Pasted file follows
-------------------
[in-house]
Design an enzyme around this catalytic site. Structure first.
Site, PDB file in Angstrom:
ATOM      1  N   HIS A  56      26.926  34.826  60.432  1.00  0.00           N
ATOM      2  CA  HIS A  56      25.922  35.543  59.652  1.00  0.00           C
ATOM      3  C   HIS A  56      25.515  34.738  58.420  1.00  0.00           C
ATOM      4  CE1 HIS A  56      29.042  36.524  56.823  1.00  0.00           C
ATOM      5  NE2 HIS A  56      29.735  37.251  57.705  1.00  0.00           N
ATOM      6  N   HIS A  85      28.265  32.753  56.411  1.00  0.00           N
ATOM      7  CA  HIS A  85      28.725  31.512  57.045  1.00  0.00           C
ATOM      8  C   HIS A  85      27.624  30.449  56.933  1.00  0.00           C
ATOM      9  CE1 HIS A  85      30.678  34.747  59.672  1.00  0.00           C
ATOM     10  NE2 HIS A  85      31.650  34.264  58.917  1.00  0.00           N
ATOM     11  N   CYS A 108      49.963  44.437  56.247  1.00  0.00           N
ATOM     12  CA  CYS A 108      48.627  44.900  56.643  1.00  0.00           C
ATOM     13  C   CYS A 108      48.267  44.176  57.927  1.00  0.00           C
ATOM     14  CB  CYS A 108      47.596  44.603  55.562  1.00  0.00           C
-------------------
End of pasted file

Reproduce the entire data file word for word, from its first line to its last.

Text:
[in-house]
Design an enzyme around this catalytic site. Structure first.
Site, PDB file in Angstrom:
ATOM      1  N   HIS A  56      26.926  34.826  60.432  1.00  0.00           N
ATOM      2  CA  HIS A  56      25.922  35.543  59.652  1.00  0.00           C
ATOM      3  C   HIS A  56      25.515  34.738  58.420  1.00  0.00           C
ATOM      4  CE1 HIS A  56      29.042  36.524  56.823  1.00  0.00           C
ATOM      5  NE2 HIS A  56      29.735  37.251  57.705  1.00  0.00           N
ATOM      6  N   HIS A  85      28.265  32.753  56.411  1.00  0.00           N
ATOM      7  CA  HIS A  85      28.725  31.512  57.045  1.00  0.00           C
ATOM      8  C   HIS A  85      27.624  30.449  56.933  1.00  0.00           C
ATOM      9  CE1 HIS A  85      30.678  34.747  59.672  1.00  0.00           C
ATOM     10  NE2 HIS A  85      31.650  34.264  58.917  1.00  0.00           N
ATOM     11  N   CYS A 108      49.963  44.437  56.247  1.00  0.00           N
ATOM     12  CA  CYS A 108      48.627  44.900  56.643  1.00  0.00           C
ATOM     13  C   CYS A 108      48.267  44.176  57.927  1.00  0.00           C
ATOM     14  CB  CYS A 108      47.596  44.603  55.562  1.00  0.00           C